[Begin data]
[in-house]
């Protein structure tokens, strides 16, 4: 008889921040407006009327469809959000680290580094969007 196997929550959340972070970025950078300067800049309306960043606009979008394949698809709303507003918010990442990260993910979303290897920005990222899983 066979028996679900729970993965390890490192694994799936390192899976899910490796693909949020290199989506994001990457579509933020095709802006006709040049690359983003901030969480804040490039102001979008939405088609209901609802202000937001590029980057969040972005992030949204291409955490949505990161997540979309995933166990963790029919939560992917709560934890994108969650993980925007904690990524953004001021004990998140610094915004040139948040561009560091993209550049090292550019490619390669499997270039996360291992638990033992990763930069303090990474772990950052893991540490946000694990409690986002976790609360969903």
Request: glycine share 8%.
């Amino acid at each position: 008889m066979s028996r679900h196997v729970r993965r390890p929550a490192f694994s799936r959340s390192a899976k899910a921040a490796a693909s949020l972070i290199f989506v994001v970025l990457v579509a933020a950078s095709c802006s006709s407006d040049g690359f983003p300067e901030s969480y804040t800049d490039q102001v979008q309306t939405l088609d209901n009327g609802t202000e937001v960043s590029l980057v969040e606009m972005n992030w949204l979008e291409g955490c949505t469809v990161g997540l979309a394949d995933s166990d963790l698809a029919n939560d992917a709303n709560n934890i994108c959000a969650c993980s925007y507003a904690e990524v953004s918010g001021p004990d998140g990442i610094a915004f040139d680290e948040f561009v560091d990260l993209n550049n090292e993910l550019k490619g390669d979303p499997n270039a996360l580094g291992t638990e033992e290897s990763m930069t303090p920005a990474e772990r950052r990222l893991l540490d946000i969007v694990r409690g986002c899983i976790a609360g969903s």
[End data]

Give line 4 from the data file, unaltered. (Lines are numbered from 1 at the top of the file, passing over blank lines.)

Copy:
């Amino acid at each position: 008889m066979s028996r679900h196997v729970r993965r390890p929550a490192f694994s799936r959340s390192a899976k899910a921040a490796a693909s949020l972070i290199f989506v994001v970025l990457v579509a933020a950078s095709c802006s006709s407006d040049g690359f983003p300067e901030s969480y804040t800049d490039q102001v979008q309306t939405l088609d209901n009327g609802t202000e937001v960043s590029l980057v969040e606009m972005n992030w949204l979008e291409g955490c949505t469809v990161g997540l979309a394949d995933s166990d963790l698809a029919n939560d992917a709303n709560n934890i994108c959000a969650c993980s925007y507003a904690e990524v953004s918010g001021p004990d998140g990442i610094a915004f040139d680290e948040f561009v560091d990260l993209n550049n090292e993910l550019k490619g390669d979303p499997n270039a996360l580094g291992t638990e033992e290897s990763m930069t303090p920005a990474e772990r950052r990222l893991l540490d946000i969007v694990r409690g986002c899983i976790a609360g969903s």